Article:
November 7, 1998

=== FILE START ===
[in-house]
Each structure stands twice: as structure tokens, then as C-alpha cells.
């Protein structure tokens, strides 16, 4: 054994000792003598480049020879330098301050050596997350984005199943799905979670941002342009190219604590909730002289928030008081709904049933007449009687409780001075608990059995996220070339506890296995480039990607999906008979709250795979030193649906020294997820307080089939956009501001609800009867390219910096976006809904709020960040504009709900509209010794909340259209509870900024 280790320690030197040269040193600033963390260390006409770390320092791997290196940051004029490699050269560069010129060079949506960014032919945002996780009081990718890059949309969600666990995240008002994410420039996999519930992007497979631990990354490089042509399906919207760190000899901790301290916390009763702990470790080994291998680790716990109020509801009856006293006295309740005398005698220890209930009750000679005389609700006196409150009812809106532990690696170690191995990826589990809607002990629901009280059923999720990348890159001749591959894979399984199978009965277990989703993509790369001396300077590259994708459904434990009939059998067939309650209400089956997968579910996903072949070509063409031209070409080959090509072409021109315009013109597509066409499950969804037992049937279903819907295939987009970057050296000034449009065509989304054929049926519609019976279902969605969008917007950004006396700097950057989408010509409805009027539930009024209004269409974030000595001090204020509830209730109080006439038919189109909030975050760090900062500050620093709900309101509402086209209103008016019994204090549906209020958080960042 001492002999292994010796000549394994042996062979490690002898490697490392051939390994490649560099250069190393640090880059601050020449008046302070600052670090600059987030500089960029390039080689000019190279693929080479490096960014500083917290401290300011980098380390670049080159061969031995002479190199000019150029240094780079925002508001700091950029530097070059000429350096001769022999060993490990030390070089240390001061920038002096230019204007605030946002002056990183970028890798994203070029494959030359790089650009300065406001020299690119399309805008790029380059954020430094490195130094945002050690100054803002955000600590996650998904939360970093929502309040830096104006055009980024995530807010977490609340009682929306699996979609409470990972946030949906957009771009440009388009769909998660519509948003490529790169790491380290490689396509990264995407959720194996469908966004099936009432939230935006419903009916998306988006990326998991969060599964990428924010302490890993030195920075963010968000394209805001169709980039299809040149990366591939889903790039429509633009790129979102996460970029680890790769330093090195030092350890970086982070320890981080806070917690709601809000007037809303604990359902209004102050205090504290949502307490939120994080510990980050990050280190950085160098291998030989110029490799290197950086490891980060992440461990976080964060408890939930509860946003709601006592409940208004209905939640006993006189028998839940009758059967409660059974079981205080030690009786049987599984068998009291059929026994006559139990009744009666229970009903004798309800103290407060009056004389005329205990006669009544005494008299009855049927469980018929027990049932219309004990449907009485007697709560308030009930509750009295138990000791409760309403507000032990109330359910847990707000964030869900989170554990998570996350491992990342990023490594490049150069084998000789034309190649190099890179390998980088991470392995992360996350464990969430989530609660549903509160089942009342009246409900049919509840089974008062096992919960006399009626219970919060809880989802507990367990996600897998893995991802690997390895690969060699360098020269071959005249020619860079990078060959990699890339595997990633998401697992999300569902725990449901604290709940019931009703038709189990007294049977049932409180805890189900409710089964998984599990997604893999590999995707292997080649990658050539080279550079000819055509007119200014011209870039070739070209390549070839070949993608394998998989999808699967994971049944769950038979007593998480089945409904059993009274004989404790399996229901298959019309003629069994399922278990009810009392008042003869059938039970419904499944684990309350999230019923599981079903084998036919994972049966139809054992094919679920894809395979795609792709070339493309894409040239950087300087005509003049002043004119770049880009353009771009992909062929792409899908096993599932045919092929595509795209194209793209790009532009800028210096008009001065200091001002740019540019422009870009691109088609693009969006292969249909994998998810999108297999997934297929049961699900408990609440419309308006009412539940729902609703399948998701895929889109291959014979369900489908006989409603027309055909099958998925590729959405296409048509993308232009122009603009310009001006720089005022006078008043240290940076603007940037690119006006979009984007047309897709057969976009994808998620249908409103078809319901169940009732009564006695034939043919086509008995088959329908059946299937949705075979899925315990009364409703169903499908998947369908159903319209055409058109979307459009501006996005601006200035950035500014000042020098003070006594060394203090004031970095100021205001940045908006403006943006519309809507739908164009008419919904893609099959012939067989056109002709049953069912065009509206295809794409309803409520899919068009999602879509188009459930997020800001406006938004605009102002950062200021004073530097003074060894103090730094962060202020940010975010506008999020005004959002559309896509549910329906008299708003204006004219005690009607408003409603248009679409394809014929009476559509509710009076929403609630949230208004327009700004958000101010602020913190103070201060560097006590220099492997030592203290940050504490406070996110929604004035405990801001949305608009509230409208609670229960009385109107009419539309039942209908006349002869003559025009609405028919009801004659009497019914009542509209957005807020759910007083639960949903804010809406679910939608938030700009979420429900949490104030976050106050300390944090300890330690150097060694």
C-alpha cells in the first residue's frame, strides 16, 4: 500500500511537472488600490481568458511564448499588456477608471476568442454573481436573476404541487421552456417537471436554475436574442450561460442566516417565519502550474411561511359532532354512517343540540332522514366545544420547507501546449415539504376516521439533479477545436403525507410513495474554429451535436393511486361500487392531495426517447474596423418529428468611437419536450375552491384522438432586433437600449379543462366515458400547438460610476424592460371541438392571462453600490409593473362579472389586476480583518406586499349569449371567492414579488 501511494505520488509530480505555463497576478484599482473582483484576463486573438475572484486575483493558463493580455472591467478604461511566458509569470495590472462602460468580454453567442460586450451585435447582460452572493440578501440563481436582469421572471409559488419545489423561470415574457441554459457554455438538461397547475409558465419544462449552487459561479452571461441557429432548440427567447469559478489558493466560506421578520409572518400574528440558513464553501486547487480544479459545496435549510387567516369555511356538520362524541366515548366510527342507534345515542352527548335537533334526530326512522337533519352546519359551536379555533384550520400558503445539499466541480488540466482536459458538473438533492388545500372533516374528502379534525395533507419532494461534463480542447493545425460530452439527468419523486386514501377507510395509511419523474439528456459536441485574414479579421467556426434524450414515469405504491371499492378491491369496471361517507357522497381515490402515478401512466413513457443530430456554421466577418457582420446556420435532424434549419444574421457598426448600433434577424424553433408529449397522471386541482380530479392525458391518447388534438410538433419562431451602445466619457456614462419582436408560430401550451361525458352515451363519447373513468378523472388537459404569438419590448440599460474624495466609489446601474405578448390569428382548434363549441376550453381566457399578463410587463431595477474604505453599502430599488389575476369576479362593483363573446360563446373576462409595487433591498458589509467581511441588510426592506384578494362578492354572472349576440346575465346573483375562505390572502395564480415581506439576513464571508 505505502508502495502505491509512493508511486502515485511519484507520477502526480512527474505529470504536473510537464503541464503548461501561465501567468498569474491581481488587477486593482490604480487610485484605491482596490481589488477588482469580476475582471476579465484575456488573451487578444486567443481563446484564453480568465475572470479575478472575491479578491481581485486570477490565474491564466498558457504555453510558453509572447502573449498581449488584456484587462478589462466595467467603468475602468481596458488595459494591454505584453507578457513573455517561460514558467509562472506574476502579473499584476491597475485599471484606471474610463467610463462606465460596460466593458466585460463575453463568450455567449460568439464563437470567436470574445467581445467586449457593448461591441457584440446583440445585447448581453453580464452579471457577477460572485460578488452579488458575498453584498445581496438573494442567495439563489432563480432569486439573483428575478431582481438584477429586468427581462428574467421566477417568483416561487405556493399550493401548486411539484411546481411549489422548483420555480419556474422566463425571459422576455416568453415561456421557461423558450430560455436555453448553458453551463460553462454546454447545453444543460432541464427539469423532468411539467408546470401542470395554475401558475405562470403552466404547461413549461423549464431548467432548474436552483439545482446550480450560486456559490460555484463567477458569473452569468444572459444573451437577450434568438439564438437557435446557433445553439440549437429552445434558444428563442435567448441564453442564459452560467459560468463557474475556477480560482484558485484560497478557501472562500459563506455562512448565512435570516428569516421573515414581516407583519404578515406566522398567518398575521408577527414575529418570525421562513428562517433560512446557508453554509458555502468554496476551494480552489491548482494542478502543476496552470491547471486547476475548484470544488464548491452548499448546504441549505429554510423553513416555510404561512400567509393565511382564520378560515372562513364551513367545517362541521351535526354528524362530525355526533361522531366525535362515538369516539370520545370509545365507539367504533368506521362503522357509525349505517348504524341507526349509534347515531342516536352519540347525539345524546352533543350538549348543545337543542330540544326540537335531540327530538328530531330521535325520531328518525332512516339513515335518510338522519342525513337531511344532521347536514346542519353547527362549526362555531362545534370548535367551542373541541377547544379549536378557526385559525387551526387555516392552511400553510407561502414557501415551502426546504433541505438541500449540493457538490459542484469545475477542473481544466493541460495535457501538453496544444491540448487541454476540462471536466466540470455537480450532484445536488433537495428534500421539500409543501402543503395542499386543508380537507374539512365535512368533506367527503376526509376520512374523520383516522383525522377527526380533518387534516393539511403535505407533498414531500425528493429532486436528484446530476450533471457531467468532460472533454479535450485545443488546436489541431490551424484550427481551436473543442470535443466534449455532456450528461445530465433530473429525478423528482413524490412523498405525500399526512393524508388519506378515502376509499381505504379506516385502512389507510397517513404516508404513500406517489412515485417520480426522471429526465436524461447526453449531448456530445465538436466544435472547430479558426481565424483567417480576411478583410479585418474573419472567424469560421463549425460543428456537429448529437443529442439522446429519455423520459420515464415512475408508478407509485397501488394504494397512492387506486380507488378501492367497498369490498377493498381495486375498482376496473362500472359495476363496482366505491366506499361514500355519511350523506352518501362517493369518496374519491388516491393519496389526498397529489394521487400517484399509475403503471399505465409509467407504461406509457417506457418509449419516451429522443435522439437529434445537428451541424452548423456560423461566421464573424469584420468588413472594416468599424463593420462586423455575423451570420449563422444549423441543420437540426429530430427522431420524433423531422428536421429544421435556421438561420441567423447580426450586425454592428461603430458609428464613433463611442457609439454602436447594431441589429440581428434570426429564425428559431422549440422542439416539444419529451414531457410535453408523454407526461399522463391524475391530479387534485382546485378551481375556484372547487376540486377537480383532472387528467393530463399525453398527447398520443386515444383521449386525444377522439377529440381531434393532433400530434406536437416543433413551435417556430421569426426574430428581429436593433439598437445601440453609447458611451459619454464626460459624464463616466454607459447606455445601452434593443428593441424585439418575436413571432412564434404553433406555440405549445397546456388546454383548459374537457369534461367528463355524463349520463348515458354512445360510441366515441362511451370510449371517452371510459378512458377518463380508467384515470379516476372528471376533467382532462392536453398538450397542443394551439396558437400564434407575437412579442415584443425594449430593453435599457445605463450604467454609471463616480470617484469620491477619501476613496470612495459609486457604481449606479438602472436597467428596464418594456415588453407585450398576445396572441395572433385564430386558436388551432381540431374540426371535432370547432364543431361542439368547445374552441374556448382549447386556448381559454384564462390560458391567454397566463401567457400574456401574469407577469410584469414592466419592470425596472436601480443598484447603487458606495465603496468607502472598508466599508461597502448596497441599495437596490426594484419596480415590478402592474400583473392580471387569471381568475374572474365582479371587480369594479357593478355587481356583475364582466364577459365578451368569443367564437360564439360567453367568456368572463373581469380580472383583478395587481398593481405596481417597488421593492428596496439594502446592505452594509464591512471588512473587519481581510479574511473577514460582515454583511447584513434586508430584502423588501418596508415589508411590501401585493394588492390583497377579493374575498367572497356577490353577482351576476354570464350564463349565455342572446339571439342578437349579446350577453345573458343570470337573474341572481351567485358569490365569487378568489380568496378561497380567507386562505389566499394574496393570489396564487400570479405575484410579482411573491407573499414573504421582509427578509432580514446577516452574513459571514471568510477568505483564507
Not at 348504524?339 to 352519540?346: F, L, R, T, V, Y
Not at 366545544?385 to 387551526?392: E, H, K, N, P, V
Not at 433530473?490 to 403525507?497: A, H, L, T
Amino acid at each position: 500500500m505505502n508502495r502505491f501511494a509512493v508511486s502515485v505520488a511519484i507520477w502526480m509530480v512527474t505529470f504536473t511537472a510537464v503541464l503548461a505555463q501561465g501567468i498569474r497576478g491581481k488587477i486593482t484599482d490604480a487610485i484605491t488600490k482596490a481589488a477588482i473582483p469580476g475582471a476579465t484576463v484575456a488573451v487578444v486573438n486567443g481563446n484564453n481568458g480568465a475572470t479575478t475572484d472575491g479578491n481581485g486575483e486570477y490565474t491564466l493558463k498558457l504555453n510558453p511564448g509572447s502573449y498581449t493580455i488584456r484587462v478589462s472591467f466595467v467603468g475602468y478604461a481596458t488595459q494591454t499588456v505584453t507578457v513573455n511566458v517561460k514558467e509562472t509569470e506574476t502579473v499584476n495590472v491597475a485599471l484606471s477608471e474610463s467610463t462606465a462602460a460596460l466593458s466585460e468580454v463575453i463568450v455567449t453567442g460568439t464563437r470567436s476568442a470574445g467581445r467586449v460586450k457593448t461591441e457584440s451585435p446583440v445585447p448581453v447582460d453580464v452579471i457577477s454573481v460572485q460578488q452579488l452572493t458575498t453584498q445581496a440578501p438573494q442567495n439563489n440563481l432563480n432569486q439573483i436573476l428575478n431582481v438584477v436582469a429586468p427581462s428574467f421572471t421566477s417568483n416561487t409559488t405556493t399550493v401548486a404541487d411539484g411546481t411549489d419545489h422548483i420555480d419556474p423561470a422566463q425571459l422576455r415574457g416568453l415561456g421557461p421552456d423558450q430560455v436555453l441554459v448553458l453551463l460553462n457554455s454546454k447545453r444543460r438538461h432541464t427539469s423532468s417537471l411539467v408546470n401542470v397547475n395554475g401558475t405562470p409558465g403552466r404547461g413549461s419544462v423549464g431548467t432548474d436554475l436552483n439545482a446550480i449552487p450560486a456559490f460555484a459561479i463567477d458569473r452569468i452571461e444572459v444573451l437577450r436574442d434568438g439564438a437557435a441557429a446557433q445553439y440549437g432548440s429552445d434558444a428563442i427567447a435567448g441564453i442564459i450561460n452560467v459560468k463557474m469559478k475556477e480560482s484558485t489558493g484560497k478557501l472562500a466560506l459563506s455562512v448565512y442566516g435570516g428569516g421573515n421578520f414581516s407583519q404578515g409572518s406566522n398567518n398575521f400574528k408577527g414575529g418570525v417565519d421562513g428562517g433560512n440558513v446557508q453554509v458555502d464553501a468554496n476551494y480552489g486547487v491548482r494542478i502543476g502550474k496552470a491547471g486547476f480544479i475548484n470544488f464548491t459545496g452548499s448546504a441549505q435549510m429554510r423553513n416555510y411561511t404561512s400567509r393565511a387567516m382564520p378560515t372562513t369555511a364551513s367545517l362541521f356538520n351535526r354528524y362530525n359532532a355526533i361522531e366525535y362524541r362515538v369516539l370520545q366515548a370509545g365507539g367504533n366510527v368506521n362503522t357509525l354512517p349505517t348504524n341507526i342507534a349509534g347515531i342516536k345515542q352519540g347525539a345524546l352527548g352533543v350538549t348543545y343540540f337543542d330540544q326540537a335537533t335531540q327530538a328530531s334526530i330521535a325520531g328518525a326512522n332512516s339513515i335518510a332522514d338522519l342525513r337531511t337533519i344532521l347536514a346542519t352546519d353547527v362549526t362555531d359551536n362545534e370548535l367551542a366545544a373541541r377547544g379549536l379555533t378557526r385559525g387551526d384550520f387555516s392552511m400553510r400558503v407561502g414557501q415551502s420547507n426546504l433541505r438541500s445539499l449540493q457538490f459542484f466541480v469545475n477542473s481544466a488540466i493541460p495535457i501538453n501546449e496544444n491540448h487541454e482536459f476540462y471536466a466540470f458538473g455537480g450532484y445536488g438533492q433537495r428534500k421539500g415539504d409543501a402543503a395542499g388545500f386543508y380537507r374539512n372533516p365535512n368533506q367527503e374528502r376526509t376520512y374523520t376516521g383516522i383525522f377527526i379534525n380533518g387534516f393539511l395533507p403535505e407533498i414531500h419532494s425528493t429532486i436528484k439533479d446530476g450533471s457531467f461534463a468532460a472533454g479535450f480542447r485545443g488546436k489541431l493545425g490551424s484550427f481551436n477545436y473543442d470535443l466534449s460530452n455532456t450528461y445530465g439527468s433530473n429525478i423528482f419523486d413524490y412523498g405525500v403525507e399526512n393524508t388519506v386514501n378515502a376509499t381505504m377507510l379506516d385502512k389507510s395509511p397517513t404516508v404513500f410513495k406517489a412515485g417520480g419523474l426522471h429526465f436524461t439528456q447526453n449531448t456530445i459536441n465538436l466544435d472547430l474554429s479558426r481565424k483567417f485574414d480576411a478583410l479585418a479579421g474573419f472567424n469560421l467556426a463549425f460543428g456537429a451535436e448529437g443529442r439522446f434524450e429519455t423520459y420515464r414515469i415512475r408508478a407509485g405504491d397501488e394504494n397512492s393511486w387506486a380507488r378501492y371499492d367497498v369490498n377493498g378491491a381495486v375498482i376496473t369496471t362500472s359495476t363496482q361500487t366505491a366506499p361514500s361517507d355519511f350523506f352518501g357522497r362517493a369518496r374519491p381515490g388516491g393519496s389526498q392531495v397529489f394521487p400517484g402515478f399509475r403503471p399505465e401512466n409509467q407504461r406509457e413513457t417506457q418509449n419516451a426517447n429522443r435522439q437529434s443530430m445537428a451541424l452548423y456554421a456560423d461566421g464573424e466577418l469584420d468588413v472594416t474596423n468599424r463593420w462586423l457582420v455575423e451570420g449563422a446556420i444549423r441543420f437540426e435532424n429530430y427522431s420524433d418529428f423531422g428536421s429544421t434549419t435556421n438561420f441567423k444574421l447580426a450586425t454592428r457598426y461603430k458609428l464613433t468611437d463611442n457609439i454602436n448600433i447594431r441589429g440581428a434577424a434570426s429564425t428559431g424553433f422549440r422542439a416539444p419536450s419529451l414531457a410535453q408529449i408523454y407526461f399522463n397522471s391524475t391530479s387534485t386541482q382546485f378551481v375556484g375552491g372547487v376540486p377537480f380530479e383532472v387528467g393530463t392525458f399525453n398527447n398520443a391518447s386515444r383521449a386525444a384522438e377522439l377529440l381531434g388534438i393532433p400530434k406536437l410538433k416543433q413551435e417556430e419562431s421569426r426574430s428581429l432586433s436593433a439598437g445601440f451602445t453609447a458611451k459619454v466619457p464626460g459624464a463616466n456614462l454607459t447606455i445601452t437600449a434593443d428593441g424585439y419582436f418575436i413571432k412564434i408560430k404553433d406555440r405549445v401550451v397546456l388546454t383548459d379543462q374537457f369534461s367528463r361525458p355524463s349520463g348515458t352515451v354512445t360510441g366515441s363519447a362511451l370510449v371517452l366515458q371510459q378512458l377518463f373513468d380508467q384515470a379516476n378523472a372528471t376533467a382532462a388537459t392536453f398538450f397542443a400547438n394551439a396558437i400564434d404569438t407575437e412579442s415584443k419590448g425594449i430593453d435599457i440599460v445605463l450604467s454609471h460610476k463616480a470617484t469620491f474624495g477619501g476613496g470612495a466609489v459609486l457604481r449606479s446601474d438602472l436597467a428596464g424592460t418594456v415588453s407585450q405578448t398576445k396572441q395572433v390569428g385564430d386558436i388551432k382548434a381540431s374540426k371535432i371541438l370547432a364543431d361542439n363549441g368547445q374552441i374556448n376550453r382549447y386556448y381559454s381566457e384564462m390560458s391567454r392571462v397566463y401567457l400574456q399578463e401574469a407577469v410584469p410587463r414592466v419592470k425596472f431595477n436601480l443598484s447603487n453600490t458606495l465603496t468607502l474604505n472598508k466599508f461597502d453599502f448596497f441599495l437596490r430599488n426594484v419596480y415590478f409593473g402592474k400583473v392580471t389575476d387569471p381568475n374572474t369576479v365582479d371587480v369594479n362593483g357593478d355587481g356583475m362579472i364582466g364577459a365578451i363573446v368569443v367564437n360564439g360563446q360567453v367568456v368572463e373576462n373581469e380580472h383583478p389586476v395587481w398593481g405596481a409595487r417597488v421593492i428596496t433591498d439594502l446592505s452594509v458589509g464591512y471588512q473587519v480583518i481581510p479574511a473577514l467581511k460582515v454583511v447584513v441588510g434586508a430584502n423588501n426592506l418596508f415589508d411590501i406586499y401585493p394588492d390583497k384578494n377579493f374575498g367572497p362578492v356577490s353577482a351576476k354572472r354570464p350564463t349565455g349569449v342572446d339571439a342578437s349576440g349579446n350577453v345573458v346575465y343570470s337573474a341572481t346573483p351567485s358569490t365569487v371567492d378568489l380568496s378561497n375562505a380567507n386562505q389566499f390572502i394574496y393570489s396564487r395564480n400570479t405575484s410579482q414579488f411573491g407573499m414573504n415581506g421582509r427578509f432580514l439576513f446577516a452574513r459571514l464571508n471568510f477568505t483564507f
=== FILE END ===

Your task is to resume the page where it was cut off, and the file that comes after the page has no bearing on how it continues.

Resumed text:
My alarm went off at 6:15am, the power doesn't come on for another 15 minutes and the propane tanks that heat the bath water have been cranked up yet so the water will be ready about 6:45.  I basically am laying down and peering out of my window and shining my flashlight out there.  Well, there is a polar bear right there!  I wonder if everyone got one during the night!!  After awhile, a faint hint of orange appears on the horizon and the sunrise is upon us!  It is gorgeous.  After getting a quick tundra shower and then having breakfast in the dining car, there were all kinds of photo opportunities.  Wow, which cameras am I going to use?  I hope I have enough floppy disks to help capture all of this!  Yesterday alone I used 4.   There are bears all around us!  Some are dipping their heads, or at least trying to, into a container that catches the sink drippings from the kitchen of the lodge.  Mmmm, the smells of breakfast is making its way from the dining car, the lounge and into the sleeper cars part of the bunkhouse.  Eggs, cereal, rolls, juice are the bill of fare. At 8am we load up.  Everyone back into the buggy if they chose.  Some folks decided to lounge around and hang back at the bunkhouse until we return for lunch.  What is incredible, is that during all of this three day stay, we will never touch the ground.  We are separated from the dangerous tundra by rubber wheels about 7 ft high and a lot of space.  Wait 'til you see the photos!  I really have no idea how to describe what took place today, except that the entire day was "awesome".  But anyway, here's a quick overview.  We departed the bunkhouse and viewed our camp surrounded by more bears.  The photo opportunities are endless.  But the film supply is!!  There was a very large male bear watching us.  There were bears sparing on the edge of Hudson Bay.  Just all right in the area.  Soon, other tundra buggies started to appear.  The light was changing.  It was incredible to see a bear walking along with the morning sun illuminating its hairs, giving it a silvery or golden like shine.  We worked  a good portion of the morning attempting to position the buggy in a great spot for photographs and seeing more polar bears.  Suddenly, Mrs. Garrison, her son Jon, and my name were called out.  It was time for our helicopter ride out across more of the tundra to head out to Cape Churchill.  Yesterday, we were asked if we would like to do this.  It really expensive, but splitting the cost three ways makes it seem more affordable.  The buggy pulls away from the bears to a clearer spot.  Then, the helicopter drops down from the sky.  The whirlybird is from Hudson Bay Helicopters based back in Churchill.  Our pilot is Steve Miller, the well known polar bear pilot the flies the "dart gun missions" to check the bear and also transports bear away if they are 'trouble-makers" in town.  I knew at this point we were in for a treat!  Lisa and Jon were in the back, and I sat in the front of the glass bubble of the helicopter.  We put on our head phones so we could communicate and then we lifted off!  Oh my!  The half hour went so incredibly fast.  We wound up going over Cape Churchill, which is the final bit of land the bears will wind up on before actually heading out on the ice.  This is the place where the Polar Bear Lodge (the bunkhouse) will move to in the next few days.  We could see polar bears in the small arctic willows, some right along the waters edge, and others standing on pieces of ice that were forming in the bay.  Some bears ran as we approached and Steve would back off of them, so not to frighten them.  We even saw a mother and cub!!  A note aside here, everyone out here is very environmentally conscientious and there is always great practice for care of the bears and the entire ecology of the area. The ice that is collecting against the spits of land and gravel is coming from the freshwater rivers to the north.  The ice washes out of them, collects here, and then refreezes, along with the freezing water of Hudson Bay.  The lumps of ice are remarkable to see from the air.  Our flight takes us over "Knights Hill" which is a general marker for the entrance to the new National Park called "Wapusk".  This hill is only 30-40ft high.  I should mention, that the sun is still out, as it was the entire day.  This is the only day, so far, where it was clear and bright.  Soon, our half-hour flight was over.  The buggy had taken the rest of the group back to the lodge for lunch, so it had to pull away (as there are bears at "camp") and come and pick us up.  One neat thing about doing the helicopter is that you can actually touch the ground for a few seconds! Then lunchtime!  After lunch, we headed back out.  Some folks remained behind, as they were already pretty worn out from the intensity of what has happened the last day and a half!  Off we went.  Our first mission was to watch the supplies arrive and the incredible maneuvering that took place to hook the supplies to the bunkhouse system.  At one point, our driver/guide, John, had to quickly get out of the buggy and help with the hitch.  We were all watching for bears.  No problem for a couple of moments.  No sooner than he got back in and a bear appeared looking into the supply wagon!  We headed off after awhile.  After our talk to the other people about the helicopter flight, more people wanted to do it!  We went in search of more polar bears and other wildlife.  We saw arctic ptarmigan, a quail or grouse-like bird that has feathers over its feet and at this time of year is snow white.  To find them in a camera viewfinder was down right impossible!  They look like the snow on the ground!  Then without warning, a very rare to witness event took place.  A gyrfalcon (a white falcon limited only to the far north) swooped down and attacked the ptarmigans.  It grabbed one, they bounced around a couple of times, then the gyrfalcon dragged the crushed ptarmigan into the willows to eat it.  At that moment, a snowy owl swooped over, then continued on to sit on a nearby rock to watch the proceedings. The day on the buggy was soon to end and we returned to the bunkhouse.  Dinner was absolutely incredible.  We sat at candle-lit tables.  Food was brought to us, salads, an oven baked chicken and more.  It went fast, it seemed.  After dinner, while eating freshly baked chocolate cookies, John gave us a slide show on the botany and geology of the area. Incredible photos.  Then, bedtime.  These days are going so so fast.  I can hardly keep up.  Tomorrow is our last day, and we leave the bunkhouse experience.